Thursday, 31 January 2013

Did horses learn to climb trees?

 Harland W. Mossman 1898-1991 (National Library of Medicine)

No one with a serious interest in fetal membranes should be without a copy of Mossman’s book Vertebrate Fetal Membranes.  Harland W. Mossman did more than anybody to assimilate information on the placenta in a wide range of mammals and other vertebrates. Together with Kenneth L. Duke he authored an equally important book on Comparative Morphology of the Mammalian Ovary. Mossman’s extensive collection of placentas and ovaries is conserved at The University of Wisconsin Zoological Museum (UWZM). Part of the collection is on a searchable data base. Contact the curator if you cannot find what you are looking for.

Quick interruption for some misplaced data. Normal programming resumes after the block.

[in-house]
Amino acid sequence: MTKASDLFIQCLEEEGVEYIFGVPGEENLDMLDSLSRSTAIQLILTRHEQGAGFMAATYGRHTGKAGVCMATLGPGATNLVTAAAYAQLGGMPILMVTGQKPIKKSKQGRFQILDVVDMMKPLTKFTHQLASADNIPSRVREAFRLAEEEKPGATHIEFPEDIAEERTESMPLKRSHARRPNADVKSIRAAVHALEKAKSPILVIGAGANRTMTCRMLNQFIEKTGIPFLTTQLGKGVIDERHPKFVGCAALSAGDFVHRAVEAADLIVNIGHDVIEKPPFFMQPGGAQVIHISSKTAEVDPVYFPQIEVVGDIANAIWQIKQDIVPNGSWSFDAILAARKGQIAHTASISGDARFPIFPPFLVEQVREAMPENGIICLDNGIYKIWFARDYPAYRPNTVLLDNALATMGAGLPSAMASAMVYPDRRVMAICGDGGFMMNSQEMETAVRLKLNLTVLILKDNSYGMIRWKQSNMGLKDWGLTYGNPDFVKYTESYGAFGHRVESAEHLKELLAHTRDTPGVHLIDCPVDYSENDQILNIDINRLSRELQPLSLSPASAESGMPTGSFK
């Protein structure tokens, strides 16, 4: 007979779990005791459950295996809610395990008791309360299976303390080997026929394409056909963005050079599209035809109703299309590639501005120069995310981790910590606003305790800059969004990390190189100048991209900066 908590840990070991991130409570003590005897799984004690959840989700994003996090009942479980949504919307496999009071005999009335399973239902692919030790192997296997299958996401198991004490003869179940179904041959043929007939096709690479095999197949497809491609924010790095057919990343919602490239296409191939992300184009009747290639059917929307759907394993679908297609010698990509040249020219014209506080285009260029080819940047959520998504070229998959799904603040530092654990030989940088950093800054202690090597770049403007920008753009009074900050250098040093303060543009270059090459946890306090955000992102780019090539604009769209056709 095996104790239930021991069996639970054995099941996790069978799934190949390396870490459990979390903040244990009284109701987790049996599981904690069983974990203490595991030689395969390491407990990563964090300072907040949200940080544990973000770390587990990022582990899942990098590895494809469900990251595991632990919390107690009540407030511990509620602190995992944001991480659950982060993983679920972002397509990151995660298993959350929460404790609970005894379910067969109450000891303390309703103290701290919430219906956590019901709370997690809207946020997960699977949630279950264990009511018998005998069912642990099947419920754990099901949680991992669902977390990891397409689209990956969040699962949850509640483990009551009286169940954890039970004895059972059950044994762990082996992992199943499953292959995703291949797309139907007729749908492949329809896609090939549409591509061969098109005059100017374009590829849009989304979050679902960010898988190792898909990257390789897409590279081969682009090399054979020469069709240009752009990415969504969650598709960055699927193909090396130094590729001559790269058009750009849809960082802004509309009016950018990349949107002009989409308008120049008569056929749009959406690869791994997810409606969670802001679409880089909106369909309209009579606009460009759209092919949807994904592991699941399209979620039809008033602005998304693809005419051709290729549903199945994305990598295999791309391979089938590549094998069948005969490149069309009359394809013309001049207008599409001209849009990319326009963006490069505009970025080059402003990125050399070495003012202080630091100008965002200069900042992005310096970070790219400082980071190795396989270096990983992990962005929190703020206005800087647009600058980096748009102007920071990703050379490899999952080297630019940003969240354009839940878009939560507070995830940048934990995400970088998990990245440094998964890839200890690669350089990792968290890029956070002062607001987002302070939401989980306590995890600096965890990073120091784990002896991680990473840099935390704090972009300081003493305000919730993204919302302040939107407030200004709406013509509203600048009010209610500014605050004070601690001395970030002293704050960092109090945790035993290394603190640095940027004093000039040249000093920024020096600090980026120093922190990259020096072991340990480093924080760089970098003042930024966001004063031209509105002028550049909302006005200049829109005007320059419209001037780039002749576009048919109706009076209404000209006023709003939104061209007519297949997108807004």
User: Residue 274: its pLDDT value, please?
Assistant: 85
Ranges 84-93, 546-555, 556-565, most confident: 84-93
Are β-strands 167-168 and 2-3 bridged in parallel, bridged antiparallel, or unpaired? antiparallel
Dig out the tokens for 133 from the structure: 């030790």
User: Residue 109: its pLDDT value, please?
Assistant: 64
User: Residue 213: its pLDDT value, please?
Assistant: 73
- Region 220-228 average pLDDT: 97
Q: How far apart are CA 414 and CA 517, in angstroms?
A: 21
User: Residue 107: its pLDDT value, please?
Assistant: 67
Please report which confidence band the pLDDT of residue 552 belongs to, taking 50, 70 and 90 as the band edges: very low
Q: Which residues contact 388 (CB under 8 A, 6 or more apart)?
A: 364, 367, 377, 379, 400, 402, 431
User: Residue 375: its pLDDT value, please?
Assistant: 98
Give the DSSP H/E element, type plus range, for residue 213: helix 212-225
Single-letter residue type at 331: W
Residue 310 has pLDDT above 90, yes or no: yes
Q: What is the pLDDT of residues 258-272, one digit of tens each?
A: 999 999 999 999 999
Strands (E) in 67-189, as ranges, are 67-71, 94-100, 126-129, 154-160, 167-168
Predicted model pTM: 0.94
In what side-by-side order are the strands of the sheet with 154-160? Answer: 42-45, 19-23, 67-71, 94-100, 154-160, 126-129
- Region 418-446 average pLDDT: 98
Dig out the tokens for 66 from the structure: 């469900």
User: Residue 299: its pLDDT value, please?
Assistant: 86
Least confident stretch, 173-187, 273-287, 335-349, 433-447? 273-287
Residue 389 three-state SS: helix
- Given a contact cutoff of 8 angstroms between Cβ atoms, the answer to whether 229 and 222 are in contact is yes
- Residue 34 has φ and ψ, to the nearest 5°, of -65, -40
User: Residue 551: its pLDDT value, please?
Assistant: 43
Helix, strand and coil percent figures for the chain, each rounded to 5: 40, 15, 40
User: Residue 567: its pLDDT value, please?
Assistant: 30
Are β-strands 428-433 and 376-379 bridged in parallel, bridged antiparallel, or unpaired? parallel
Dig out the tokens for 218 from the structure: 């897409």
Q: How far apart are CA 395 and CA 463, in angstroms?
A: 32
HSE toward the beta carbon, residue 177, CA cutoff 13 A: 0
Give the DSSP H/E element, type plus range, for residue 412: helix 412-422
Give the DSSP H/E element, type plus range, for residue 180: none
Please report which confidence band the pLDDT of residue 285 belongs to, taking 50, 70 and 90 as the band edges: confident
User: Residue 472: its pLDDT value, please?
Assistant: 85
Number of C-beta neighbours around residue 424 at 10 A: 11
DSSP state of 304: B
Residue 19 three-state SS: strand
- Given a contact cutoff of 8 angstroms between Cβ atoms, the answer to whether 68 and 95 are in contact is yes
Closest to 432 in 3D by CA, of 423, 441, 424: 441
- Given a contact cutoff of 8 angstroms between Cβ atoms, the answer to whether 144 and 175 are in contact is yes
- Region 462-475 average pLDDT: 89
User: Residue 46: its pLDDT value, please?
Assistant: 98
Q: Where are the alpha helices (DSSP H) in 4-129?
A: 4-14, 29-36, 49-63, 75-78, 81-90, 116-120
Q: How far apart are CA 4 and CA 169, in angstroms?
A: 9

Ringtailed lemur (Lemur catta) Wikimedia Commons

Mossman was a man of strong opinions and these included some ideas on mammalian evolution that might be considered idiosyncratic. As reported by David Hill, “He'd launch into impassioned monologues about placentas: ‘If taxonomists would just examine the evidence from the placenta, they'd see that lemurs are actually tree-climbing horses!’" Mossman’s unpublished autobiography at UWZM confirms he held something approaching this view. There are indeed some remarkable resemblances in placenta and fetal membranes between horses and lemurs. But this is yet another example of convergent evolution.

Disclosure: I am Adjunct Curator of The Harland W. Mossman Collection.

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